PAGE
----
Manufacturers raise stock levels at record pace as Brexit looms
With just 28 days to go before Brexit stocks levels among Irish manufacturers grew at a record pace last month.
This is according to the latest Manufacturing Purchasing Managers Index (PMI) from AIB.
The PMI, an indicator designed to provide a single-figure measure of the health of the manufacturing industry, posted 54 in February, up from 52.6 at the start of 2019.
Any reading over 50 is deemed growth.
Attempts to mitigate potential supply disruption from Brexit translated to holdings of stocks during February.
Preproduction inventories increased at the fastest rate in the near 21-year PMI history. Stocks of purchases have now risen in 11 of the past 12 months.
The record accumulation of pre-production inventories was supported by the fastest rise in purchasing activity in over 19 years.
A number of panellists surveyed as part of the Index said they had brought forward purchases of inputs in order to secure raw materials in case of any stock problems resulting from Brexit.
Additionally, some companies had raised their buying activity due to stronger customer demand.
Commenting on the Index, Oliver Mangan, AIB chief economist, said: "The impact of Brexit was evident in many of the components of the PMI as some firms moved to take action to avoid possible disruption to supply chains."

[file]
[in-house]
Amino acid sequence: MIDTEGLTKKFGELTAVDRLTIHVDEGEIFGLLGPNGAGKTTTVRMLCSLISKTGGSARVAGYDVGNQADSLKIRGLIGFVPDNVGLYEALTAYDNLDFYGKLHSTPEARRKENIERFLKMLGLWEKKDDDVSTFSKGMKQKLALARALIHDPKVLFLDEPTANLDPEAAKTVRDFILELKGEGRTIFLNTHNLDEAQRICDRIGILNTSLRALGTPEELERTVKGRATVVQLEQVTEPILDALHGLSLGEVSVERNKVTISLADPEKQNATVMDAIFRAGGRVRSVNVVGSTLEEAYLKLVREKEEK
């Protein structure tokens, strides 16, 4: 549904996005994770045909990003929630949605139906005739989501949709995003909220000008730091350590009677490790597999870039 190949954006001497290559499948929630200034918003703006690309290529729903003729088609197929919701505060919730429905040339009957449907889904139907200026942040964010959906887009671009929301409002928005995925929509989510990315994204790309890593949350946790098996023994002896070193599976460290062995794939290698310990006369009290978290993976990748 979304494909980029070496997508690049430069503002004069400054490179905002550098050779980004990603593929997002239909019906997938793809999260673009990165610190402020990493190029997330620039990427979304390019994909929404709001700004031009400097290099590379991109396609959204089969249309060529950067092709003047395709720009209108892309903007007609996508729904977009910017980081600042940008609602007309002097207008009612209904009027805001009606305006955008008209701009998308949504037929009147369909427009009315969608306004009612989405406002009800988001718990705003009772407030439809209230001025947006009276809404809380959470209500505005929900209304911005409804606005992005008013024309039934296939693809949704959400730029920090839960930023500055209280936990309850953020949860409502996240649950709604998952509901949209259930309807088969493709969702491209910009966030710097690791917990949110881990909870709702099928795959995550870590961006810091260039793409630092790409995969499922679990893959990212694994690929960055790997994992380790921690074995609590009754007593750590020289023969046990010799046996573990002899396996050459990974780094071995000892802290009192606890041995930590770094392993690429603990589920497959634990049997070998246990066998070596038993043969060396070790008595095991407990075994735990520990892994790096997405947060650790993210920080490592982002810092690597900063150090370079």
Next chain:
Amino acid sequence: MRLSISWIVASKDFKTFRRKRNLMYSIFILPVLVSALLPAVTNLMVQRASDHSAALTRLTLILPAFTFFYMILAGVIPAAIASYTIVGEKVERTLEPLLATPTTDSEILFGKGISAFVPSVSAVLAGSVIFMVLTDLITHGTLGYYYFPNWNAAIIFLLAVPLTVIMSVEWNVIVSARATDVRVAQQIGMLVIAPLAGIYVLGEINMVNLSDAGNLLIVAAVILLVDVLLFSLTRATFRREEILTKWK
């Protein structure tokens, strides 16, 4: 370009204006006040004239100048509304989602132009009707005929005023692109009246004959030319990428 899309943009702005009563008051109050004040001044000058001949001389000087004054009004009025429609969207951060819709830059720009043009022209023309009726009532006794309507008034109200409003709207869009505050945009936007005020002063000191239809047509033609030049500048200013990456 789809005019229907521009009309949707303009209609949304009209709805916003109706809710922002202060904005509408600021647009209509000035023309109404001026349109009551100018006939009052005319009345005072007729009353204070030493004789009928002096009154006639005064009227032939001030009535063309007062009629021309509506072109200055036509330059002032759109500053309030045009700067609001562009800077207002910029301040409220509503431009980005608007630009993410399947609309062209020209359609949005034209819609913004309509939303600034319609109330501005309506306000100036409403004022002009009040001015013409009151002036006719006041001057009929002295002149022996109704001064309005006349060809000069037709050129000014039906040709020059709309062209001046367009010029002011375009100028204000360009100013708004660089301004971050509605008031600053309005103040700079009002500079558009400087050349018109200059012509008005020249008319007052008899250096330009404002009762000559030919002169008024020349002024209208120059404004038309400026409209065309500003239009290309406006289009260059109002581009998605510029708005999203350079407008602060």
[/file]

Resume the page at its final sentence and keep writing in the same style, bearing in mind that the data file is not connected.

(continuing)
"Some firms also reported rising demand from the UK ahead of Brexit."
However, Mr Mangan added that uncertainty about Brexit saw business optimism slip to its lowest level in 18 months.
Elsewhere, and post-production stocks increased for the third month running in February.
The rate of accumulation was sharp and the fastest in 13 months.
A number of panellists indicated they had built stocks in order to delays resulting from Brexit.
Central to the improvement in overall manufacturing operating conditions were faster increases in output and new orders.
Growth of new work quickened from January amid reports from panellists of greater domestic and international demand, notably from the US and UK.
Despite faster new order growth, manufacturers depleted their backlogs of work for the sixth consecutive month.
Manufacturers responded to higher new orders by raising production for the thirty-first successive month.
Additionally, employment growth quickened to a four month high, amid reports of greater customer demand.